A BOTCHED surgical implant was discovered when a patient was using gym equipment, hospital chiefs heard.

They had been fitted with the wrong surgical plate. The implant was designed to help fix a fractured collar bone, but was incorrectly fitted to a broken bone in the patient’s forearm by surgeons at Great Western Hospital.

The bungle was only discovered when the patient was using a rubber resistance band to strengthen the arm and the faulty plate bent slightly, chief nurse Julie Marshman told GWH directors this week.

Managers at GWH have since discovered seven occasions over the past 12 years were the wrong plate had been fitted to fractured bones.

Most of the patients have experienced no problems. However, one was said to be playing football when they discovered their orthopaedic plate had bent.

The Advertiser has previously reported on the seven so-called never events, the NHS name given to incidents that simply should not happen if procedures and policies are correctly followed.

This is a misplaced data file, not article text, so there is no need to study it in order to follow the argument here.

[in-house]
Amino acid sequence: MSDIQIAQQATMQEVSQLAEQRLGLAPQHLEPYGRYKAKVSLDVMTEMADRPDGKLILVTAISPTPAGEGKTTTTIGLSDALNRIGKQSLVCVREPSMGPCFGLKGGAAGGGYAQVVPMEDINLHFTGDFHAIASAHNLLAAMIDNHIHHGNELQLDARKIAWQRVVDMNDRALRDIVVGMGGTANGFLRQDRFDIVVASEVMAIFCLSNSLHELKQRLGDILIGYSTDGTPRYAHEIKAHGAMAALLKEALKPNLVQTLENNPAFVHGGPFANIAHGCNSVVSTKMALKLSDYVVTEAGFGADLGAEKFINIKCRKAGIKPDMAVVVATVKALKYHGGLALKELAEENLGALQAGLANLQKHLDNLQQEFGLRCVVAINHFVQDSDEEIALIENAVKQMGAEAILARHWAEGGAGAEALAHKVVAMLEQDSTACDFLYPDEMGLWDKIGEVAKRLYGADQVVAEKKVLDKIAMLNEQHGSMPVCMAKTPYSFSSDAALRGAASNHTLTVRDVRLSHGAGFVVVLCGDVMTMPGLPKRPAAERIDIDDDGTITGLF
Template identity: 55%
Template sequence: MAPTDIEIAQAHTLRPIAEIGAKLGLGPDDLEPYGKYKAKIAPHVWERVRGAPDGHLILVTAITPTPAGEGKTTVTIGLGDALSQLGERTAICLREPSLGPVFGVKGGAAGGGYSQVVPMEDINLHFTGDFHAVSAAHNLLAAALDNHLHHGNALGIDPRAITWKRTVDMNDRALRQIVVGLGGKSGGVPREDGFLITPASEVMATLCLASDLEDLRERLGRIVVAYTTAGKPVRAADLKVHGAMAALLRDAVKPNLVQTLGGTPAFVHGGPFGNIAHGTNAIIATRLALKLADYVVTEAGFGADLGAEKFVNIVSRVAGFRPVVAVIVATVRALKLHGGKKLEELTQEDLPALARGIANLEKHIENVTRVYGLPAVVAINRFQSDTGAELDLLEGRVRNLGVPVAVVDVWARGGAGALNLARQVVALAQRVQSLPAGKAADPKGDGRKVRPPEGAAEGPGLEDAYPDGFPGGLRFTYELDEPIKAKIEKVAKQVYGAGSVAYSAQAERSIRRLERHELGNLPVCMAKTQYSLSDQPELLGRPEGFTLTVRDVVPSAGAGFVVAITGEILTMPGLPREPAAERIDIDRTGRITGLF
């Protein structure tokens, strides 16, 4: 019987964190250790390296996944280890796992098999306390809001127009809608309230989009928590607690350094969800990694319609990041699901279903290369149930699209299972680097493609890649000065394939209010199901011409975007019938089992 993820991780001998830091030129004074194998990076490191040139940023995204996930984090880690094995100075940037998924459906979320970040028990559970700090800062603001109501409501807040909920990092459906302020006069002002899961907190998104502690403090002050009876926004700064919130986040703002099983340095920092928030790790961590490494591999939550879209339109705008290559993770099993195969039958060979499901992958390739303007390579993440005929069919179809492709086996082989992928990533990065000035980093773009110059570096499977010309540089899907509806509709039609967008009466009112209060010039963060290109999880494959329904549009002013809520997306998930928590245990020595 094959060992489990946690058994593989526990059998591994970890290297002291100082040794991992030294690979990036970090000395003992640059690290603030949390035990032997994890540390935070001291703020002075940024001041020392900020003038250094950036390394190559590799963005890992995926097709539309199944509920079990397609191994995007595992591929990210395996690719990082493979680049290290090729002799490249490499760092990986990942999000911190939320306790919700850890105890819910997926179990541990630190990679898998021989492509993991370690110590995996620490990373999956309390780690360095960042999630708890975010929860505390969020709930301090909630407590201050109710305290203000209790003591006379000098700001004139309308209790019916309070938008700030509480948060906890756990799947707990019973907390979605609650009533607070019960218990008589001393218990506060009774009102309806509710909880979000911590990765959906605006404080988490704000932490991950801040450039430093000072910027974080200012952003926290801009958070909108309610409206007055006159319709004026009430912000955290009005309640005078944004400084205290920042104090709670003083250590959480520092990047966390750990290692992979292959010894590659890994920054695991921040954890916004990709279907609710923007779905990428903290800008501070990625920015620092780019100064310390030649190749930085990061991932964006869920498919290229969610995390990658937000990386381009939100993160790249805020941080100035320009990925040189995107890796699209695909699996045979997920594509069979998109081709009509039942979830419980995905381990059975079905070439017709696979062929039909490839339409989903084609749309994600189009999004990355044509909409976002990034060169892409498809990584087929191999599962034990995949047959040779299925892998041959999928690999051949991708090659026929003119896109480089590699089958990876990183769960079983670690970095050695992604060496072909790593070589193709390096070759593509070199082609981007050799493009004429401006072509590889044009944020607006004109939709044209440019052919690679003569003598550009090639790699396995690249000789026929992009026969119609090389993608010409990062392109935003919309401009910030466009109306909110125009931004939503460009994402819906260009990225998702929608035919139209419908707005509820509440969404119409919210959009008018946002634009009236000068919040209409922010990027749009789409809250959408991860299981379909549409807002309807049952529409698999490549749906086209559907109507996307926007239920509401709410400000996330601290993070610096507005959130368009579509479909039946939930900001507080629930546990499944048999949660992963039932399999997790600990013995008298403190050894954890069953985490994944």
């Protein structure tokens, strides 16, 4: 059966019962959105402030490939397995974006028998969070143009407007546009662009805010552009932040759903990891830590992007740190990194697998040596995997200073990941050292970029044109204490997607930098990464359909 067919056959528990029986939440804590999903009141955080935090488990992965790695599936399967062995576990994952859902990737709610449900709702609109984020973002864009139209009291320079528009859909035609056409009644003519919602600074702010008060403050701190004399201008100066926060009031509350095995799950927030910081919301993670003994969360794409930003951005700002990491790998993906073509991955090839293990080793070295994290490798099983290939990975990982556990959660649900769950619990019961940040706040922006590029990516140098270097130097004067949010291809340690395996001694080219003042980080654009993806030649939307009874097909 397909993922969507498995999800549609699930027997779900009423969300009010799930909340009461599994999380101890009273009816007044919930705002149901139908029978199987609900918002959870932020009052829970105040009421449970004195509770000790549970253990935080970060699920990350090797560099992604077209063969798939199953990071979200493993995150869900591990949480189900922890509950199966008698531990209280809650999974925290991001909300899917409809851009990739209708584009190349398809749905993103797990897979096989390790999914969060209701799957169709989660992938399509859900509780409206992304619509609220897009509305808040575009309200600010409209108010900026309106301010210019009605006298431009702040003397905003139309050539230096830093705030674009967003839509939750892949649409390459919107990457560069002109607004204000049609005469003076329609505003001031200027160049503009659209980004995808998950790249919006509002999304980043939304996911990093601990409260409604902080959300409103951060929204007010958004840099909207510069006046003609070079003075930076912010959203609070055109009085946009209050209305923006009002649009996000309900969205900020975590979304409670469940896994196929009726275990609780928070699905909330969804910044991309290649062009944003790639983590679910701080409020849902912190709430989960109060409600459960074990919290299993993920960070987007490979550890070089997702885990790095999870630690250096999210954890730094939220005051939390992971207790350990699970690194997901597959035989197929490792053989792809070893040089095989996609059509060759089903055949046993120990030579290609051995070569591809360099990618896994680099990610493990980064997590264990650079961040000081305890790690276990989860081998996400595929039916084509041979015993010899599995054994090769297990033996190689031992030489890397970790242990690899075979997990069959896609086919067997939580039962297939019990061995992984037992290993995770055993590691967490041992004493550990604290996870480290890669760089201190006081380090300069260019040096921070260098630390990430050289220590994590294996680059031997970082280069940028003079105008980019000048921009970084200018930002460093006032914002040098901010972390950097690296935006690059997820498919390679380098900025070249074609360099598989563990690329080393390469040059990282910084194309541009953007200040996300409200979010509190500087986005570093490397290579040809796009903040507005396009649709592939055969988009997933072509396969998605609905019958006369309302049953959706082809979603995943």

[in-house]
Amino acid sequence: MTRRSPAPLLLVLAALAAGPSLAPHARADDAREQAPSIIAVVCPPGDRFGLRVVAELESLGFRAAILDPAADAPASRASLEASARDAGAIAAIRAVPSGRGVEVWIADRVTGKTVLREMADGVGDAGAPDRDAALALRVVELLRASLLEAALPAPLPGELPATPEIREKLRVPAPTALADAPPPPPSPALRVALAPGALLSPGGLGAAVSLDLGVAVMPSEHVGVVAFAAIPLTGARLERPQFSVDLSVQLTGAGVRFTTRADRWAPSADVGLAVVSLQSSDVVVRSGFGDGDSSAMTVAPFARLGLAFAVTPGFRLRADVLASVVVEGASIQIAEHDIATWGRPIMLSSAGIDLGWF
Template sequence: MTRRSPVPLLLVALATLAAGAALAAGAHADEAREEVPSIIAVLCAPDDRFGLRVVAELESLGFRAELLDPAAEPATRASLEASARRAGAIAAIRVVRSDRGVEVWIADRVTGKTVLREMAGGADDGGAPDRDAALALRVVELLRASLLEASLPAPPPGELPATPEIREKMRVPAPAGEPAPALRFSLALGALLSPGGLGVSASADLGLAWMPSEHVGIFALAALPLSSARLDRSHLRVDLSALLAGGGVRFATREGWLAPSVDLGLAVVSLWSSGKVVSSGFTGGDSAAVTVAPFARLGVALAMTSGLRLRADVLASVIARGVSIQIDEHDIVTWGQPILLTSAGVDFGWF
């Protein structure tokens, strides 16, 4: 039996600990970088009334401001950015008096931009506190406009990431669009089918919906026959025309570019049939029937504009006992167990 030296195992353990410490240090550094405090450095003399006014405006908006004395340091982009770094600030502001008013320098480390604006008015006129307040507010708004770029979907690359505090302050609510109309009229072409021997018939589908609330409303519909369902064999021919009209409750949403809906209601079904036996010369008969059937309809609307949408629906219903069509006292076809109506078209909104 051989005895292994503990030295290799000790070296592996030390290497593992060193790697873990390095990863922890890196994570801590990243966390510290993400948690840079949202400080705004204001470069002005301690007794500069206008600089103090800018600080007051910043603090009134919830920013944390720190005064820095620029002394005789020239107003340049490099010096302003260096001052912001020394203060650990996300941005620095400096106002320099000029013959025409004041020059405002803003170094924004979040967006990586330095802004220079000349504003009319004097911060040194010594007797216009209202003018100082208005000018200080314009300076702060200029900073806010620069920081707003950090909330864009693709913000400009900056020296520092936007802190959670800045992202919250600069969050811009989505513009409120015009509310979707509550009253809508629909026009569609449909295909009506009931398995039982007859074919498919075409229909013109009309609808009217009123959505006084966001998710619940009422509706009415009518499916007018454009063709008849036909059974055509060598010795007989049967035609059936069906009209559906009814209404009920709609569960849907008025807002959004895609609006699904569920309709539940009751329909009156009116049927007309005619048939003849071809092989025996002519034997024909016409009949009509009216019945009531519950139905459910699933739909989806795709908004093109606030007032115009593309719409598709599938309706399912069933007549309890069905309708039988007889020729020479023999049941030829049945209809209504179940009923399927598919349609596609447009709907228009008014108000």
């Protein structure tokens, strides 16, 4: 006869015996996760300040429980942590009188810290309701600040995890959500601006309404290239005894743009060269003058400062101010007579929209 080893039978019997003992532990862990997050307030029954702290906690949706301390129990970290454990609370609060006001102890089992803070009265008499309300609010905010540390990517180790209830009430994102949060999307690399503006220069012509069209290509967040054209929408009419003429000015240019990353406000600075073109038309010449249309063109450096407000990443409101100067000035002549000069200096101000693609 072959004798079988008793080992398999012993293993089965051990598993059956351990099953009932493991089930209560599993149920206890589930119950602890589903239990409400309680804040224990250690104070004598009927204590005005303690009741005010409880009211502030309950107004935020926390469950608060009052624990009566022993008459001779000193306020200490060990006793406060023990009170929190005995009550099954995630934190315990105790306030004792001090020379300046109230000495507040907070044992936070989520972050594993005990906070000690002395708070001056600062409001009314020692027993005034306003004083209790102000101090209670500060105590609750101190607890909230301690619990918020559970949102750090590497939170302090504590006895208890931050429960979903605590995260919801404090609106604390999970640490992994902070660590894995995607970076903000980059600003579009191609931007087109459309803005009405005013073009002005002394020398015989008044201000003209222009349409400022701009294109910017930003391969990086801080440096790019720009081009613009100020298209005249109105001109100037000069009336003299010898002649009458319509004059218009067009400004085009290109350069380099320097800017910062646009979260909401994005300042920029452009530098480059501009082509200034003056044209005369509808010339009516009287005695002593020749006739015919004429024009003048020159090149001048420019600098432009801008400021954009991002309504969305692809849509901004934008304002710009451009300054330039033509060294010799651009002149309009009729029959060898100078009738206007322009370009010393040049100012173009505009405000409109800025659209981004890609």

Medical director Dr Guy Rooney said last month that GWH had acted swiftly to prevent the plate mix-up happening again.

“We have changed the way we do things in these operations,” he added. “The two different plates used to come in the same kit and they’re very similar. But we have now taken the more malleable plates out of the kit so they can’t be selected by mistake. If an orthopaedic surgeon wants that plate they’ll have to ask specifically for it.”

Julie Marshman, chief nurse, said the relevant regulators and patient safety authorities had been told of the issue with the plates: “If there has been a report in any other organisation they can go back and check.”